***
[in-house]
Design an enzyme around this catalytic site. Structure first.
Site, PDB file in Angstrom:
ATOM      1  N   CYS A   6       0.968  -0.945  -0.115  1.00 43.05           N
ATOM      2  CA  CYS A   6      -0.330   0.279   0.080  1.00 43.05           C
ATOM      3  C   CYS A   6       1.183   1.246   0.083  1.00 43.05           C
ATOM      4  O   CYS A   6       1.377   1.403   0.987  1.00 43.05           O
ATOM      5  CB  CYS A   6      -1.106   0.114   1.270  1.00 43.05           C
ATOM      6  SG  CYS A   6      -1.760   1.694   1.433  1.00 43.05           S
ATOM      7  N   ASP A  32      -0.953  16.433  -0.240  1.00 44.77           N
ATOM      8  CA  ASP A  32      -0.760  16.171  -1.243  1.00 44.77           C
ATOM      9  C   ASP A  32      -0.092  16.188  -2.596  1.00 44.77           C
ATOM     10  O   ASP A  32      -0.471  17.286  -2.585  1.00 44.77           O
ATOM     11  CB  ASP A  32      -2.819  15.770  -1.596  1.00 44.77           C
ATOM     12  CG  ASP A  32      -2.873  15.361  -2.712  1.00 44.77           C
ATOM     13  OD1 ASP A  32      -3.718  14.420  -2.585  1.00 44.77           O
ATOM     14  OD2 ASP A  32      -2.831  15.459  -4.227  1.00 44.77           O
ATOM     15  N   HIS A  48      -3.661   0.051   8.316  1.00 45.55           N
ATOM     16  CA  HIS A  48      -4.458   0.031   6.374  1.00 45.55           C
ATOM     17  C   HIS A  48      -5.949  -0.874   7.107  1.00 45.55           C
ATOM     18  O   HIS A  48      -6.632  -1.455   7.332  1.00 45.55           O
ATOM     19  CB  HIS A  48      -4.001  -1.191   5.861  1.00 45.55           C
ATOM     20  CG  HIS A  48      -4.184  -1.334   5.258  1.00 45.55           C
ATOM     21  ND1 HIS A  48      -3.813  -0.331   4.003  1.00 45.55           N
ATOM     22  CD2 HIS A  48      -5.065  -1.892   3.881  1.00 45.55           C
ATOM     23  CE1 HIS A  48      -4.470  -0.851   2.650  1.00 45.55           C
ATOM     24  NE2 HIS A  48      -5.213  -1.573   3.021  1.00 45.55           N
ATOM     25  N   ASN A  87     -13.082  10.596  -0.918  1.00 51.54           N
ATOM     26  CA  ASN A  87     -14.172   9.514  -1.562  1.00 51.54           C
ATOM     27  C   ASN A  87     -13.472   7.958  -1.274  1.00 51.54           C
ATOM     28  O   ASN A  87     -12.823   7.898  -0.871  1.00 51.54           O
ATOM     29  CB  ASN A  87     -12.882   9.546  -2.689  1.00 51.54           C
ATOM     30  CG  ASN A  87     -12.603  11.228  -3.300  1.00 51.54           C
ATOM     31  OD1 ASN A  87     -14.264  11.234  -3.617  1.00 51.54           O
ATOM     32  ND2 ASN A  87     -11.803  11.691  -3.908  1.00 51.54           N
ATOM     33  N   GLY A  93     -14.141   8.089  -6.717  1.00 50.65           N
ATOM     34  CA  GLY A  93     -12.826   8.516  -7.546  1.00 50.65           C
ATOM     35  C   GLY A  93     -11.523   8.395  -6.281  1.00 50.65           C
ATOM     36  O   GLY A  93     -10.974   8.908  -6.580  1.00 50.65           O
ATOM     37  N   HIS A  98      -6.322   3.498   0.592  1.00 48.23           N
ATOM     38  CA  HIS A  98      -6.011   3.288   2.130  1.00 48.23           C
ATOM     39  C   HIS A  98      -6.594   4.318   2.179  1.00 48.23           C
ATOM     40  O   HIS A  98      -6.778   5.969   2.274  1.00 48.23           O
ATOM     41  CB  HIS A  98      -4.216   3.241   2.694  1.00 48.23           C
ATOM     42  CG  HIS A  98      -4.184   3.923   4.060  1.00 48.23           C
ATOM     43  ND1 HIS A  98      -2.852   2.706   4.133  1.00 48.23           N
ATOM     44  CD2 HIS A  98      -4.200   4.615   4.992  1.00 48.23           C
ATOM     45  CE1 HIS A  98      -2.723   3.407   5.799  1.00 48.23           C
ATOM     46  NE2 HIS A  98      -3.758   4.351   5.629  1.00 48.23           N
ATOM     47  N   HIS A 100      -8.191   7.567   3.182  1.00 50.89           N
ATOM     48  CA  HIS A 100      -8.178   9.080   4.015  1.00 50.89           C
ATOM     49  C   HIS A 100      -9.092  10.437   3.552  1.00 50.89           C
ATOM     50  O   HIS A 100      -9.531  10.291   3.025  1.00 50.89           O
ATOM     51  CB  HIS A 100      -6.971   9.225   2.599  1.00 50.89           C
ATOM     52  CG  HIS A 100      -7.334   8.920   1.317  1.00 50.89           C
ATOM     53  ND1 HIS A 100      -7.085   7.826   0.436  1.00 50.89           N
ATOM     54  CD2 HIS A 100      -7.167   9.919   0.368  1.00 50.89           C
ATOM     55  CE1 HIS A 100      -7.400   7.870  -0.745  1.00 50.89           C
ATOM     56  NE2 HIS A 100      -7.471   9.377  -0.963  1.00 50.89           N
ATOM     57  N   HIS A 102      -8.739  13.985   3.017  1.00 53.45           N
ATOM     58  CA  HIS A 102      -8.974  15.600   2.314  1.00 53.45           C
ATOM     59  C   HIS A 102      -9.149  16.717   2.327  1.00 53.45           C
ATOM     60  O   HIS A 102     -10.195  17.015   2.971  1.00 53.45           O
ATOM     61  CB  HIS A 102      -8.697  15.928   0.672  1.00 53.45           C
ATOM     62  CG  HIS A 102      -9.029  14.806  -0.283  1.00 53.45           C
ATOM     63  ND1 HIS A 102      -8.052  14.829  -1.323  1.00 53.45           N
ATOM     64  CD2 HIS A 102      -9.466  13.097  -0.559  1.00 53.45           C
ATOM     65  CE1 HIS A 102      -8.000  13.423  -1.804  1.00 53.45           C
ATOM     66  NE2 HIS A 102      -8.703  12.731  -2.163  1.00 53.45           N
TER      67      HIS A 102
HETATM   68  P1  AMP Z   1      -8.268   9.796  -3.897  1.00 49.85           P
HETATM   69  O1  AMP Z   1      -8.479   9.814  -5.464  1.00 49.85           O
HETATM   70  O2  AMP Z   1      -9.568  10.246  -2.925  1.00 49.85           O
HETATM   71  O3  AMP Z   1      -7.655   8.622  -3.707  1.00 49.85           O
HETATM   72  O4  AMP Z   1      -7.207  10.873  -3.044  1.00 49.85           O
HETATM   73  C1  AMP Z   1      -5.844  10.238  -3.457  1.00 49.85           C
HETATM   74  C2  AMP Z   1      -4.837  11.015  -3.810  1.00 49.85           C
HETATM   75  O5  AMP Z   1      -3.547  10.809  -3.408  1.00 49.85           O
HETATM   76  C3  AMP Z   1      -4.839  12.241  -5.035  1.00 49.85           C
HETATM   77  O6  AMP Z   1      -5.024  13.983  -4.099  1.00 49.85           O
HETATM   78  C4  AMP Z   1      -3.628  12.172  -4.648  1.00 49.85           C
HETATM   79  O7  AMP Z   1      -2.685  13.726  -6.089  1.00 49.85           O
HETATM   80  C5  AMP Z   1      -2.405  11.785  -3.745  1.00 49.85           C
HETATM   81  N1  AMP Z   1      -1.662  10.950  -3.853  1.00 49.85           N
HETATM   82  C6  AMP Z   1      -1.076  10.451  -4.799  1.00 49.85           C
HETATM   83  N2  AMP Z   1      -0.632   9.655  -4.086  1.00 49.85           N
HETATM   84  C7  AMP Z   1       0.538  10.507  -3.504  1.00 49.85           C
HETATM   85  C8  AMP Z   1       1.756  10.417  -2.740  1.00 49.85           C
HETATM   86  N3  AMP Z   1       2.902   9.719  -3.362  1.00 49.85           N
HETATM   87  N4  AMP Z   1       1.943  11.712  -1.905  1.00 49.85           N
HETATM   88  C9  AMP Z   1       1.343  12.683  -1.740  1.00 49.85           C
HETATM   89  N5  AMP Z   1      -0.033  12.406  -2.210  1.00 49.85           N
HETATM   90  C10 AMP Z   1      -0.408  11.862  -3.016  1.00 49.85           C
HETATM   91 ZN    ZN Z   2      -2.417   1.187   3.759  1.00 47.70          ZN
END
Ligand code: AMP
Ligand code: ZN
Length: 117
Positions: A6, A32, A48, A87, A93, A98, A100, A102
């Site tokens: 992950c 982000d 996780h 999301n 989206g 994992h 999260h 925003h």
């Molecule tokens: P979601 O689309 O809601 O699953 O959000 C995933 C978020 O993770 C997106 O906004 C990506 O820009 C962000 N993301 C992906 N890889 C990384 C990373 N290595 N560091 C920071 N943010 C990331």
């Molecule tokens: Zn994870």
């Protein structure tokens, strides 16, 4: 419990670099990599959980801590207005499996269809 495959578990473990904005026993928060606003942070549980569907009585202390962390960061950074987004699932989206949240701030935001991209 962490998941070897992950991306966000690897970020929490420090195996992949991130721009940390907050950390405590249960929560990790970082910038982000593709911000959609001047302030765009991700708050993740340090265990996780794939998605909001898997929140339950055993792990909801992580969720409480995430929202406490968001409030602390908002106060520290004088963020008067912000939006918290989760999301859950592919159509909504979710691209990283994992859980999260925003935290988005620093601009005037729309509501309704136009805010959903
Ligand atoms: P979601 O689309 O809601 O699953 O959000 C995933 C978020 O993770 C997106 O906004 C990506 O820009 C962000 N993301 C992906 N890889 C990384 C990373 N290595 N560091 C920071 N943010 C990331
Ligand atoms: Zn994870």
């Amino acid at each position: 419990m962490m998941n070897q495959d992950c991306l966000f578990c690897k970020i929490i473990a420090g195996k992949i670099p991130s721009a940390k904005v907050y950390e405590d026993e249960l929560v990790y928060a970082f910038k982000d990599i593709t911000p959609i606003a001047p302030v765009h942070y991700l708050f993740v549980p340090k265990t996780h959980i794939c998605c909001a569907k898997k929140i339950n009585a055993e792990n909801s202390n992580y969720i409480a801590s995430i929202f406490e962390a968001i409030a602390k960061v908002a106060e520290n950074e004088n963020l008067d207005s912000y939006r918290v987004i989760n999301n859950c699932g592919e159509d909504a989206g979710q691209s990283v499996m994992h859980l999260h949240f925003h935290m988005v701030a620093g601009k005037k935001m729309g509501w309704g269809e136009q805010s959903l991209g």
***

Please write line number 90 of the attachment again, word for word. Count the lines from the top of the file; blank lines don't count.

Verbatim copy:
HETATM   87  N4  AMP Z   1       1.943  11.712  -1.905  1.00 49.85           N